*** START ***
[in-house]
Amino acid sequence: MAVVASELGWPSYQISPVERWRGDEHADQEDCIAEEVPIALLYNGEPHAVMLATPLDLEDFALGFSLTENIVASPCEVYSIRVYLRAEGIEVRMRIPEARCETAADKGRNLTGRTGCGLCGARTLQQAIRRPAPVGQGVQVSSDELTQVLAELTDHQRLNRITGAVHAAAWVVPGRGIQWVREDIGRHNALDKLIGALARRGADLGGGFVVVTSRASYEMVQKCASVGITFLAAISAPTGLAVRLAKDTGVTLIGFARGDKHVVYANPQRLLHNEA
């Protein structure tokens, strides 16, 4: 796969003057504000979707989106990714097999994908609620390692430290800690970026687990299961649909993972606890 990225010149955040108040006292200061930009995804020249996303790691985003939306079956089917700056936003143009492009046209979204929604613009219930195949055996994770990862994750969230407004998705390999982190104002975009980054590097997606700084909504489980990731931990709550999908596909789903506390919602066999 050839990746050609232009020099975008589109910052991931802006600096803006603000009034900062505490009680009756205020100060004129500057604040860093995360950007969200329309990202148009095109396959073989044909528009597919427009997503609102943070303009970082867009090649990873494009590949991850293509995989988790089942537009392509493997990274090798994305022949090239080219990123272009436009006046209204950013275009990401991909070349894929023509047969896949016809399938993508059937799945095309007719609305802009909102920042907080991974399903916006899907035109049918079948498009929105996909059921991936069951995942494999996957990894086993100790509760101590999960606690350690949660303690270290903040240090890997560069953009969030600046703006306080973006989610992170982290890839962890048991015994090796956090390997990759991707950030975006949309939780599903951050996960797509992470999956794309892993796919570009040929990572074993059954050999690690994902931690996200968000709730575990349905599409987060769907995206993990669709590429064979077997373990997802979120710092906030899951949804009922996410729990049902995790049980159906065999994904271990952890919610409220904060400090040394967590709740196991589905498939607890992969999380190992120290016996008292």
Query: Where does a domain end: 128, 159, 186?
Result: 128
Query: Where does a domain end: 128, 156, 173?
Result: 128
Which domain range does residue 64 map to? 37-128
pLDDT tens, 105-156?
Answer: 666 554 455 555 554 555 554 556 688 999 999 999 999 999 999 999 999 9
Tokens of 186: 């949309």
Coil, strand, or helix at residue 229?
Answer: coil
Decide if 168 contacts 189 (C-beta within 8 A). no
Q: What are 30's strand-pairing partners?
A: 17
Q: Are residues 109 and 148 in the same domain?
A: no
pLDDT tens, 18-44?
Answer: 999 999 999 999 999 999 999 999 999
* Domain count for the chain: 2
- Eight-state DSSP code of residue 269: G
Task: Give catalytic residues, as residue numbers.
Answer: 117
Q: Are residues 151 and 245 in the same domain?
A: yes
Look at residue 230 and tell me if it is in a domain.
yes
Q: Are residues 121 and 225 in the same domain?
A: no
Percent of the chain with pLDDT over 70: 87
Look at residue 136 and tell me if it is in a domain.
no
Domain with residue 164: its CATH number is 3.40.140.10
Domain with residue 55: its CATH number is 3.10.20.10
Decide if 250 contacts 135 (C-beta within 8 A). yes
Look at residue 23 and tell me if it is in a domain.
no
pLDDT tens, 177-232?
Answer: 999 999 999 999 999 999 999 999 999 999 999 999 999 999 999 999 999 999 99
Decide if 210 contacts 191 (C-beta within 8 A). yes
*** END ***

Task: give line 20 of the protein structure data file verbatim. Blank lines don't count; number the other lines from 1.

Answer: 999 999 999 999 999 999 999 999 999